The Elgin Marbles are back in the news for another round of handwringing and complaining.
The Greek prime minister has said the British Museum's decision to loan one of the Elgin Marbles to Russia is "an affront" to the Greek people.
Antonis Samaras added: "We Greeks are one with our history and civilisation, which cannot be broken up, loaned out, or conceded."
He said Britain's view that the marbles could not be moved was now invalid.
A depiction of the river god Ilissos will go on show in St Petersburg's State Hermitage Museum.
It is due to remain on display in the Russian city until mid-January.
The work is one of a number of relics acquired [a fantastic euphemism for stolen, as usual] by Lord Elgin in Athens in the early 19th Century, now known collectively as the Elgin Marbles.
Ownership of the artefacts, once part of the 2,500-year-old Parthenon temple, is disputed by Greece.
It maintains that Lord Elgin removed them illegally while the country was under Turkish occupation as part of the Ottoman Empire. The items have remained in the British Museum ever since.Yes, I think we can all agree that the old British Empire stole whatever it wanted just like everyone else. No, there really is no compelling case for not returning the Elgin Marbles to Greece.
I can see the reasoning behind these arguments, but if you're going to be a purist about this sort of thing, then the museums of Europe need to be emptied of everything they contain.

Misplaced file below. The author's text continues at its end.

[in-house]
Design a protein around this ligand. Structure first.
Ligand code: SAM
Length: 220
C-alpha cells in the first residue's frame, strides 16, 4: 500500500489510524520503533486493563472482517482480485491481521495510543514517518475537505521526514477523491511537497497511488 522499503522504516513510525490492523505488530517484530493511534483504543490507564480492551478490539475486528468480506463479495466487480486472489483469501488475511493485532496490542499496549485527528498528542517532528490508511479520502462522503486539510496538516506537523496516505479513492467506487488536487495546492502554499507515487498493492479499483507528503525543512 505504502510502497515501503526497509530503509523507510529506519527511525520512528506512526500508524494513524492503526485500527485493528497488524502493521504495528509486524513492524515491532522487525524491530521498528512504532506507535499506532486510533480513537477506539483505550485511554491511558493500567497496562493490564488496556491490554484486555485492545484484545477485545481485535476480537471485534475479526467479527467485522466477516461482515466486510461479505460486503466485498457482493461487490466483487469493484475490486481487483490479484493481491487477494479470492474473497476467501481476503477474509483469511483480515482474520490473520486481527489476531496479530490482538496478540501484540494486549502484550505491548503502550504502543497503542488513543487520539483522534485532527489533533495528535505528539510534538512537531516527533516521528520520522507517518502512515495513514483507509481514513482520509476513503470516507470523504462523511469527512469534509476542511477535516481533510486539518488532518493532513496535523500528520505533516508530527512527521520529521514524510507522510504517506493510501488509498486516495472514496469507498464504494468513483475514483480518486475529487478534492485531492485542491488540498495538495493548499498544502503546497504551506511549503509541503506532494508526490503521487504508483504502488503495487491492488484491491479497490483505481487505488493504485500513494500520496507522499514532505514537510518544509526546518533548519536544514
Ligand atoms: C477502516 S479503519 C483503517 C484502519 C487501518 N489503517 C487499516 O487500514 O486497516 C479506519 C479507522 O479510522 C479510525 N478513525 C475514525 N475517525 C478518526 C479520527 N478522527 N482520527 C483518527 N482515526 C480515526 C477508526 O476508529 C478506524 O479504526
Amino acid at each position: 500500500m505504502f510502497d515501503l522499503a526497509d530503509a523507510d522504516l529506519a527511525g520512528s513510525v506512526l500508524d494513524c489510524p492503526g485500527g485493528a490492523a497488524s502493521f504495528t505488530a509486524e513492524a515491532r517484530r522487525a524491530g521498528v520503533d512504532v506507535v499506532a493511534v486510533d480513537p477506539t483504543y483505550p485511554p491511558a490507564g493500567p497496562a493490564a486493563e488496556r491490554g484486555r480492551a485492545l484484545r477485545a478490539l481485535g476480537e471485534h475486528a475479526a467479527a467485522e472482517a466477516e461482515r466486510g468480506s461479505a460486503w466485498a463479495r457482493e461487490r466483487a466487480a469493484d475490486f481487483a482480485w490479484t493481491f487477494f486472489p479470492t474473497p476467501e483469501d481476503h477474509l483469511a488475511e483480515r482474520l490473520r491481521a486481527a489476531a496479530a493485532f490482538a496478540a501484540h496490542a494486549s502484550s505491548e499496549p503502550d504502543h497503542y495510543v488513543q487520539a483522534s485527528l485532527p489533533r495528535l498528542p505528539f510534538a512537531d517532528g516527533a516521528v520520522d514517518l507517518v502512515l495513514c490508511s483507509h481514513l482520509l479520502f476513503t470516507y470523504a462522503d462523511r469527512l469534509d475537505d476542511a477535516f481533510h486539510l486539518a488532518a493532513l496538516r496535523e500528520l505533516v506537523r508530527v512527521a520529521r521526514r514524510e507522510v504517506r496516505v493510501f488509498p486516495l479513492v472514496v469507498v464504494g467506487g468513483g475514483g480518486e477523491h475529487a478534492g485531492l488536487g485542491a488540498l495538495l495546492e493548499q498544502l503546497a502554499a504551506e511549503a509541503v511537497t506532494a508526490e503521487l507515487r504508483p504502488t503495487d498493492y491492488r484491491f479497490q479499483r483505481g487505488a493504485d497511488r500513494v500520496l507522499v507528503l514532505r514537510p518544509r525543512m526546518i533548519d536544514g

I remember visiting the Baden State Museum in Karlsruhe, thinking that I would see a lot of German artifacts. And you can certainly see some of that, but what you will also see are numerous artifacts looted from around the world, either "borrowed" or "acquired" the way everyone else used to do it--through war or conquest, and usually both and almost always waged with a heavy hand against anyone who dared lay claim to a cultural treasure.
Honestly, why would a museum in Baden-Württemberg feature all of those Egyptian and Greek artifacts if they hadn't already been loaded into wagons or onto horses centuries ago and stolen? If you send back the Elgin Marbles, I think you have to send back all of the pottery as well. And then and only then can we talk about the removal of human remains.
This was shot a few hours ago when there was still light. I was on the other side of the marktplatz and got this shot to work, somehow.
Do you keep an angel on your shoulder? Or am I missing entirely what this statue is supposed to represent. The man has no weapon, but he has his elbow out and his mouth is open. There are so many symbols at work here, I don't know if I could pick all of them up.